The Worker, January 27, 2015
Published by the Workers Party, USA
P.O. Box 25716, Chicago, IL 60625

Evidence of Unrelenting Assaults on Operation Resolute Support Forces

At his 2015 State of the Union address, Obama declared that armed combat between U.S. and rival forces in Afghanistan was now over for the first time since 2001. 

Convincing realities on the battlefield before and after Obama’s statement are distinctly at odds with the president’s remarkable announcement.

Interestingly enough, combat missions of more than one type have been ordered since the beginning of the month. 

Considering drone assaults alone, a minimum of seven from launch and recover bases in Creech, Nevada and elsewhere have been ordered. Over 33 fatalities were counted after these long-distance reinforcement operations concluded.

Likewise, none of the Operation Resolute Support troops stationed in Afghanistan have been disarmed and all 13,000 plus are under orders to return fire. 

Moreover, when coalition forces were ordered to try to fight back an enemy offensive at Paktika on January 2, at least 20 people died. Later in the month, other combat operations involving coalition forces killed at least 30 people in Helmand, Kandahar, Kapisa and Kunduz. 

So too, Marine Special Forces, Navy SEAL and other elite forces are routinely ordered to keep their operations secret and, as with Iraq, have never officially been relieved of their assignments.  

In addition, after U.S. officials advertised the withdrawal of the last regular marine, military commanders decided to train more marines in Camp Lejeune, North Carolina for a new deployment to Afghanistan. 

Plainly, the crooked and heavy-handed lies of Obama are not meant to empower citizens to be the political decision-makers and masters of the society.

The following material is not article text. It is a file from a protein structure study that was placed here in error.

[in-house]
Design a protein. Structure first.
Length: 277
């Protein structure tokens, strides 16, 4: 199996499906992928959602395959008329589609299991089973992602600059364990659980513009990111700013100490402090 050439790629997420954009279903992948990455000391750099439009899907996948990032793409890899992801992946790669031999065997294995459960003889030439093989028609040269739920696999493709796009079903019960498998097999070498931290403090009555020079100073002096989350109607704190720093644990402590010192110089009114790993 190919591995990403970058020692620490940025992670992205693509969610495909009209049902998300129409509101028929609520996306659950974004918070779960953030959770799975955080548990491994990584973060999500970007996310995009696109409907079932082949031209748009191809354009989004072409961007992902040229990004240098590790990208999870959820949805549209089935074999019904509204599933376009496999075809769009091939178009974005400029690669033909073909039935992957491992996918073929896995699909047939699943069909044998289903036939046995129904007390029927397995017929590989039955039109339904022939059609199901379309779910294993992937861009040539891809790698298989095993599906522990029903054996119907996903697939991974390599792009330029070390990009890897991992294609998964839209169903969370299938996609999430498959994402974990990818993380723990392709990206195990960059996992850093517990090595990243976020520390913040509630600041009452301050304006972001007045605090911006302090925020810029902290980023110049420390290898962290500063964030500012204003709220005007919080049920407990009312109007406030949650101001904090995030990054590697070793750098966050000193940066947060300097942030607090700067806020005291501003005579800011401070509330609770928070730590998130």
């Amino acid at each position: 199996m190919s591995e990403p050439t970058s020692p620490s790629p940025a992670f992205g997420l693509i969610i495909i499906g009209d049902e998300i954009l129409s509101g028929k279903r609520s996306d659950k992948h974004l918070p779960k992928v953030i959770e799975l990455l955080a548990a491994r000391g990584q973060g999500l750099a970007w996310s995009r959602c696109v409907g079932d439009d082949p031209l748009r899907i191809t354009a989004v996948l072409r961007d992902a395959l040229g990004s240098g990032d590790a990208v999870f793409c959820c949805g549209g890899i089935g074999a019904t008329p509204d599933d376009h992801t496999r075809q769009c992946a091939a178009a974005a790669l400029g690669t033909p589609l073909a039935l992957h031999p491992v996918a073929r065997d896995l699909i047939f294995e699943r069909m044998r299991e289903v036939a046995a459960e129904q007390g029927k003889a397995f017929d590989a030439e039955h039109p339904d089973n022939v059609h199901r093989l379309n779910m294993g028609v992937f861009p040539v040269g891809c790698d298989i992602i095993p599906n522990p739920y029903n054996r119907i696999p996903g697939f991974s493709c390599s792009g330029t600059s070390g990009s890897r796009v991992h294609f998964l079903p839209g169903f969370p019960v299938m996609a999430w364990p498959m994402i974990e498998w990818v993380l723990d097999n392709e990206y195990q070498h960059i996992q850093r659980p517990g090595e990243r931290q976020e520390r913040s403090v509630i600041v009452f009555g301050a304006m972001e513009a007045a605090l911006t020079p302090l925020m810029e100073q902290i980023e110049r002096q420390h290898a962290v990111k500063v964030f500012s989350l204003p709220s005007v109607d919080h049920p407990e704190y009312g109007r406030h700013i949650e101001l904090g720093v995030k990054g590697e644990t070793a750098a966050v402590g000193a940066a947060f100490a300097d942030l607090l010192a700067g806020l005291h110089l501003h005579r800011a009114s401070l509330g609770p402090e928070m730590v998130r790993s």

The UN "Mandate" System in Haiti is a Racist System Imposed Through Force of Arms

On January 9, the U.S. court system protected the United Nations from a Haitian compensation claim regarding the massive cholera outbreak precipitated by the UN occupation. U.S. federal Judge J. Paul Oetken sided with the U.S. Justice Department and declared the U.S.-hosted agency “immune” from the class-action lawsuit. 

The Obama administration and the United Nations deny the right of Haitians to make the claim even though the cholera epidemic occurred under UN trusteeship.  

The cholera epidemic began in Haiti in 2010 after a catastrophic earthquake.  Prior to 2010 cholera had been eradicated in Haiti for nearly a century.

The UN took over Haiti after the February 29, 2004 invasion by U.S. marines, which replaced the democratically elected constitutional government of Jean Bertrand Aristide with a U.S. colonial regime backed by a UN “peacekeeping” mission. According to the UN “mandate” authorizing the colonial occupation, the Haitian people are not yet ready for independence and self-determination and need to be “mentored” and “civilized” by the imperialist powers.